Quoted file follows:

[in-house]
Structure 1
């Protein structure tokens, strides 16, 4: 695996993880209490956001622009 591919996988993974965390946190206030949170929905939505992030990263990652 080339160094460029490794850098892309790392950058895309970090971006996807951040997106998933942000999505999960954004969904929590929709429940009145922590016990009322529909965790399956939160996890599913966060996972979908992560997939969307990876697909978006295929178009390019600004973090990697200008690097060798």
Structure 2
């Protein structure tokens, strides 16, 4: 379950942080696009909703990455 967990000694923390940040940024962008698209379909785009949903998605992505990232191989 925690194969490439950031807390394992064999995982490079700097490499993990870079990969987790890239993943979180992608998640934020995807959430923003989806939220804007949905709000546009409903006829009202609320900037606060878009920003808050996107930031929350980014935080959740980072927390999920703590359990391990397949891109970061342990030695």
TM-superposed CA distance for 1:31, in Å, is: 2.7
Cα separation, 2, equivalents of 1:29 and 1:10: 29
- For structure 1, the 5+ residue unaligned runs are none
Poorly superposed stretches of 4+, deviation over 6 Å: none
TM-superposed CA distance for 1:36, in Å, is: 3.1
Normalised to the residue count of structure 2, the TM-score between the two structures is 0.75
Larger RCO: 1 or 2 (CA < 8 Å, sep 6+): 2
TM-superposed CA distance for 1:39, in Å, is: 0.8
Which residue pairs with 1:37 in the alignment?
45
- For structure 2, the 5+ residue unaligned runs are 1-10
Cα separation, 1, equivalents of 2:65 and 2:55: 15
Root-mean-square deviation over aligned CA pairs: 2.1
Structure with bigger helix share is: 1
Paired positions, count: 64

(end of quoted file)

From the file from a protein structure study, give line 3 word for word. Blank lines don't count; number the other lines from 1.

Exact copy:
């Protein structure tokens, strides 16, 4: 695996993880209490956001622009 591919996988993974965390946190206030949170929905939505992030990263990652 080339160094460029490794850098892309790392950058895309970090971006996807951040997106998933942000999505999960954004969904929590929709429940009145922590016990009322529909965790399956939160996890599913966060996972979908992560997939969307990876697909978006295929178009390019600004973090990697200008690097060798």